Agronomy UPdate - Autumn 2021

Agronomy Update – Autumn 2021

Jock Willmott

Jock Willmott

Oct, 14 2021

We have four potential days of fieldwork left before the rain resumes, with the now familiar anxiety about getting back on the land to finish off this seasons winter drilling.  A straw poll of the Ceres Team would suggest c.90% of the anticipated winter drilling will be complete by the time the rain starts. We hope there will be further opportunity as October progresses to get wheat drilled after sugar beet, the last of the winter beans sown and the grassy cereal fields that have been deliberately left to the end, established.

Pre & Post Emergence Herbicide Applications – Crop Safety is key

The recent rush to beat the weather has, in some cases, compromised seedbed quality as corners are cut to get the acres in. Pendimethalin and Avadex are by far the most damaging to seedlings with insufficient soil coverage. If in any doubt about seed exposure, leaving pendimethalin and Avadex out of the pre-emergence stack will minimise seed vulnerability. Liberator and Defy type products are generally less harmful, especially when applying with the risk of unknown rainfall quantities, in the short-term forecast.

It goes without saying, cutting the dose and number of active ingredients in the pre-em stack will reduce blackgrass control, so it is important to consider a peri or post-emergence application. Once emerged, the shallow seed is at less susceptible to chemical damage, and another herbicide can be applied. To maximise grass weed control from residual herbicides, application prior to weed emergence is essential. This poses difficulty, given the reliance on peri/post emergence applications, where spraying opportunities in October and November are limited. Once the blackgrass has emerged the battle is as good as lost, with higher rates of residual herbicides required, and/or a contact SU required, which again compromises crop safety.

Particular care should be taken with late planted winter barley. Delayed seed delivery has, in some cases, suspended drilling by as much as three weeks.  Winter barley requires temperature to tiller and slowing growth resulting from a heavy pre-emergence stack on compromised seedbeds eats into the October growing window. As the crop recovers from the pre-em, soil temperatures are already declining, generally the soil is getting wetter, and growth slows further threatening the all-important tiller/ear numbers. Cereals on chalk behave in a similar fashion, with some rolled crops facing heavy rainfall previously becoming tight/capped and slow to emerge. Again, some empathy is required when timing and selecting follow up herbicide treatments.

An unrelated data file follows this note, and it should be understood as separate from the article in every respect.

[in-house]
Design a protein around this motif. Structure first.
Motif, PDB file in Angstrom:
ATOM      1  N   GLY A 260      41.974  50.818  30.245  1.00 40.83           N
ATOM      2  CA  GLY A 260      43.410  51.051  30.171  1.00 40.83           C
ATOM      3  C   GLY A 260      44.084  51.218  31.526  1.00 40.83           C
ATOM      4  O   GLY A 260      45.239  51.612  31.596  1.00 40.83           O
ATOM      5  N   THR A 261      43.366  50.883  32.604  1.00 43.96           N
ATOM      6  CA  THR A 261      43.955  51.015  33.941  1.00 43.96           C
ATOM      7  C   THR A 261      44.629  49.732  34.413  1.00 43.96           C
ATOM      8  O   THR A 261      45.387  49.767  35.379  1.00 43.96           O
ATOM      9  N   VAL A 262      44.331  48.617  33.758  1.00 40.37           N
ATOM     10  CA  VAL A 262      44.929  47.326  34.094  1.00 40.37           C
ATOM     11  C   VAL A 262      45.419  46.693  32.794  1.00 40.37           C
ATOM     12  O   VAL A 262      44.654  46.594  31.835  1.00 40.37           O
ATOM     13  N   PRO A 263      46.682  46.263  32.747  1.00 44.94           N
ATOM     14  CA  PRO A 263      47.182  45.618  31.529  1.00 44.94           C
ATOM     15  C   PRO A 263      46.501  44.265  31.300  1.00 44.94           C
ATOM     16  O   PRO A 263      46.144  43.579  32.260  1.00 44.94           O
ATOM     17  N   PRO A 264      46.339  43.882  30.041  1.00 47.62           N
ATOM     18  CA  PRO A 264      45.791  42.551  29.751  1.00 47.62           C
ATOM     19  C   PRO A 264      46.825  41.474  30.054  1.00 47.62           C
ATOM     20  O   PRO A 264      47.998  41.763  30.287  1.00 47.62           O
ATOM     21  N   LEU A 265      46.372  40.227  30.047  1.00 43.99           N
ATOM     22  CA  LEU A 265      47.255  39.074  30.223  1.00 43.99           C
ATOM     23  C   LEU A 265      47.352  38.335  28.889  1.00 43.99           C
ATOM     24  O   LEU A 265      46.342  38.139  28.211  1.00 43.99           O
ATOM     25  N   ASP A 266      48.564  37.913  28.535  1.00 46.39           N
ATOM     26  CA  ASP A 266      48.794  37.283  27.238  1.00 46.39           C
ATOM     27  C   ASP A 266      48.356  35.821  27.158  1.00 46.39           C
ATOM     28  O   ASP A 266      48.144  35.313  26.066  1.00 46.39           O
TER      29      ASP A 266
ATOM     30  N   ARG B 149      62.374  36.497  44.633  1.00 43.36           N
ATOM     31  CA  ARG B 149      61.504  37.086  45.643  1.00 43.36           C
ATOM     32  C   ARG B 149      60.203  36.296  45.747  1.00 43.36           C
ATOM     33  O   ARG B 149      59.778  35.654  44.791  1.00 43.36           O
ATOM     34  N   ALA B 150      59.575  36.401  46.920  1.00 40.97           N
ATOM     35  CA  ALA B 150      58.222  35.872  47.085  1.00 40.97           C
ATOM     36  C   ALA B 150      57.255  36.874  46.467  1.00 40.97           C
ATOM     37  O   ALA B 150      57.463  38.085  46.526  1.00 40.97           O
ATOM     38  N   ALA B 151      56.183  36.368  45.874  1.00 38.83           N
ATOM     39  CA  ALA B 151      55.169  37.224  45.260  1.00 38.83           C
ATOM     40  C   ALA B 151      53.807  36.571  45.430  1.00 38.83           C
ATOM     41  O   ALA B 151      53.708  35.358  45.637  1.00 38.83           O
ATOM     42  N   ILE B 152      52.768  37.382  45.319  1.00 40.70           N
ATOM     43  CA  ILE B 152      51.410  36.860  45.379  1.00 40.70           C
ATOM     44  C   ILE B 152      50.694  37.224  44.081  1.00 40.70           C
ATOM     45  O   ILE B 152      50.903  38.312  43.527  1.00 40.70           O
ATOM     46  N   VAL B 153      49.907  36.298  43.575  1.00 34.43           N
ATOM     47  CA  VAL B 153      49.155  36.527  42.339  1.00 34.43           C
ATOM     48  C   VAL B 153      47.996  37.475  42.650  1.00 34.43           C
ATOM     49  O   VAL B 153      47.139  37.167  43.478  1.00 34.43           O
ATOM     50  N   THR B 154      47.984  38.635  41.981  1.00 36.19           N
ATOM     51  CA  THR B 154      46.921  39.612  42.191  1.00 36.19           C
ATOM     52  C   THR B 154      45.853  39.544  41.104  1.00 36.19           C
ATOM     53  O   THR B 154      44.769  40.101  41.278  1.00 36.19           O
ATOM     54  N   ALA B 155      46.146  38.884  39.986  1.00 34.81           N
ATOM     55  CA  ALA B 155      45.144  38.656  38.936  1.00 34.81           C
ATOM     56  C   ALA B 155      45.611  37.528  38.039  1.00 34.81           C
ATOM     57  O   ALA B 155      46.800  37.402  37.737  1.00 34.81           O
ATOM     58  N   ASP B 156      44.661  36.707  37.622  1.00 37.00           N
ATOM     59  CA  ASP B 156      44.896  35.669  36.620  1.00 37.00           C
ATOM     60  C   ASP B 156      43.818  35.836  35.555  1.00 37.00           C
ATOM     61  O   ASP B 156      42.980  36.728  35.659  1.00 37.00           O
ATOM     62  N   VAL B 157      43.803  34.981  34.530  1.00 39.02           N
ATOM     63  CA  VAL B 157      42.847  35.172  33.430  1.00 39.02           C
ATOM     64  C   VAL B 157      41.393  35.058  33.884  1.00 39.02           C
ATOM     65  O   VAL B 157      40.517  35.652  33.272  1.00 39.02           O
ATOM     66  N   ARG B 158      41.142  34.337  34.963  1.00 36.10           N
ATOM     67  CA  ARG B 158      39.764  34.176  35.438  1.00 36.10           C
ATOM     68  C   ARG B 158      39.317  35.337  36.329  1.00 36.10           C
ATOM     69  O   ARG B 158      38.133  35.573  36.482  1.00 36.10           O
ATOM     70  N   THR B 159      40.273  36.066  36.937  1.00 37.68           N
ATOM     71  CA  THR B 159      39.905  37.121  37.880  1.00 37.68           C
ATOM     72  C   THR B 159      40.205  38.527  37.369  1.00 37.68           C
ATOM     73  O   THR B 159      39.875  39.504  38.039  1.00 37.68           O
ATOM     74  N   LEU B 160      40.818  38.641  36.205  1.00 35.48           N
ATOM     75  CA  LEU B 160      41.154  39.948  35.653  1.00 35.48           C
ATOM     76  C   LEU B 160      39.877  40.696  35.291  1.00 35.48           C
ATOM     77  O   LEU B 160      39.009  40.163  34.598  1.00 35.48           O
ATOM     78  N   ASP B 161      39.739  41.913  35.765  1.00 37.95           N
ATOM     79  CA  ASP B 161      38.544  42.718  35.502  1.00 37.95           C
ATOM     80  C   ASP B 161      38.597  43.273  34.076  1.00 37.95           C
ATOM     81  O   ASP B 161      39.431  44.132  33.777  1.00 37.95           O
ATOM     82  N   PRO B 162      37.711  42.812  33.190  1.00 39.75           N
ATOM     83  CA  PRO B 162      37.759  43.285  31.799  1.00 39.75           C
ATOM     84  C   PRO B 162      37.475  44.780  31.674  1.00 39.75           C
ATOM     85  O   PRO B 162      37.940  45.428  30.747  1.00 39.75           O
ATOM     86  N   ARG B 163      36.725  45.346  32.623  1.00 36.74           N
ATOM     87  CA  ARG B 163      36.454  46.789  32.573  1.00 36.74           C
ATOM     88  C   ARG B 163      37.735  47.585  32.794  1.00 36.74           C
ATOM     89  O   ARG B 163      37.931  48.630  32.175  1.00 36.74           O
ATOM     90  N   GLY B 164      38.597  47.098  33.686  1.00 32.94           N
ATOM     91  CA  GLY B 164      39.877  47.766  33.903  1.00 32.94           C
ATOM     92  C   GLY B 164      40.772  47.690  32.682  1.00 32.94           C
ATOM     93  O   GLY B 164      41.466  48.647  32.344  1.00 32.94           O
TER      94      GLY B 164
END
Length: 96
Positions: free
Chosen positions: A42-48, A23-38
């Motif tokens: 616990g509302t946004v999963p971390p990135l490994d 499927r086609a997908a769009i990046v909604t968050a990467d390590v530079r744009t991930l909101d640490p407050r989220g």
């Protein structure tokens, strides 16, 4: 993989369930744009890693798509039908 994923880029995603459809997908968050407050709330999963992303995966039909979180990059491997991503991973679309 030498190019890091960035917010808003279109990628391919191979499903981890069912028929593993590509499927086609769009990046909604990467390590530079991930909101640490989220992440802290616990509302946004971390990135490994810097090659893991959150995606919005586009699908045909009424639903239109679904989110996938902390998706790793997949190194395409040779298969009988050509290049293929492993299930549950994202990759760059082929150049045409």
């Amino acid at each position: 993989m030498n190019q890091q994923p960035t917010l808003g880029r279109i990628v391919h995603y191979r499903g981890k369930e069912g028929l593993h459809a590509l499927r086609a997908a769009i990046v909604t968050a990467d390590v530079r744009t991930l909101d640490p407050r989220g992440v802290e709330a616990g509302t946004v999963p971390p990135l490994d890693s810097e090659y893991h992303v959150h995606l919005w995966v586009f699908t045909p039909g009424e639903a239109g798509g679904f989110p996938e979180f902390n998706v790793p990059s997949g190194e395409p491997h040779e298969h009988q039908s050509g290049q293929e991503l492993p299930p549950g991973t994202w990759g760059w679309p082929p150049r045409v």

Rolling the crop requires a judgment call between pending rainfall, seedbed quality and soil moisture content below drill depth.  In these conditions, it may be advisable to avoid rolling, whereas an application of slug pellets may be required.

Aphid Control

 As an industry, we recognise the 170-day degree threshold and, wherever possible, adhere to the advice given from various apps.  In general, September emerging wheat and barley are at the point of spraying, however, the difficulty arises when spray windows are limited, and timings may not correspond to thresholds being reached. In these scenarios, where aphids are being found but not yet at the required temperature duration to trigger treatment, a judgement call must be made. It is likely best to treat with an insecticide in with the post emergence herbicide, although it may be slightly too early, this eradicates the risk of being unable to treat the issue post threshold.

Applications of insecticides made in mid-October, to a late September drilled crop, are unlikely (fingers crossed), to require a second autumn insecticide unless in the south of the country, or where the winter is unseasonably mild.

Oilseed Rape

Across the region it appears rape drilling rates are higher, however rape failure rates have also increased, when compared to last year.

There are some amazing looking full crops this year, which is promising to see, and these crops deserve a full fungicide and trace element treatment this autumn, to prepare them for winter.  One notable correlation from the annual Ceres Rural yield data is that when the price of rape increases, yield rates follow, suggesting growers are willing to devote more towards crop protection when the price supports investment. Most of this yield response will come from spring fungicide applications but the foundations are built in the autumn, with robust weed and disease control.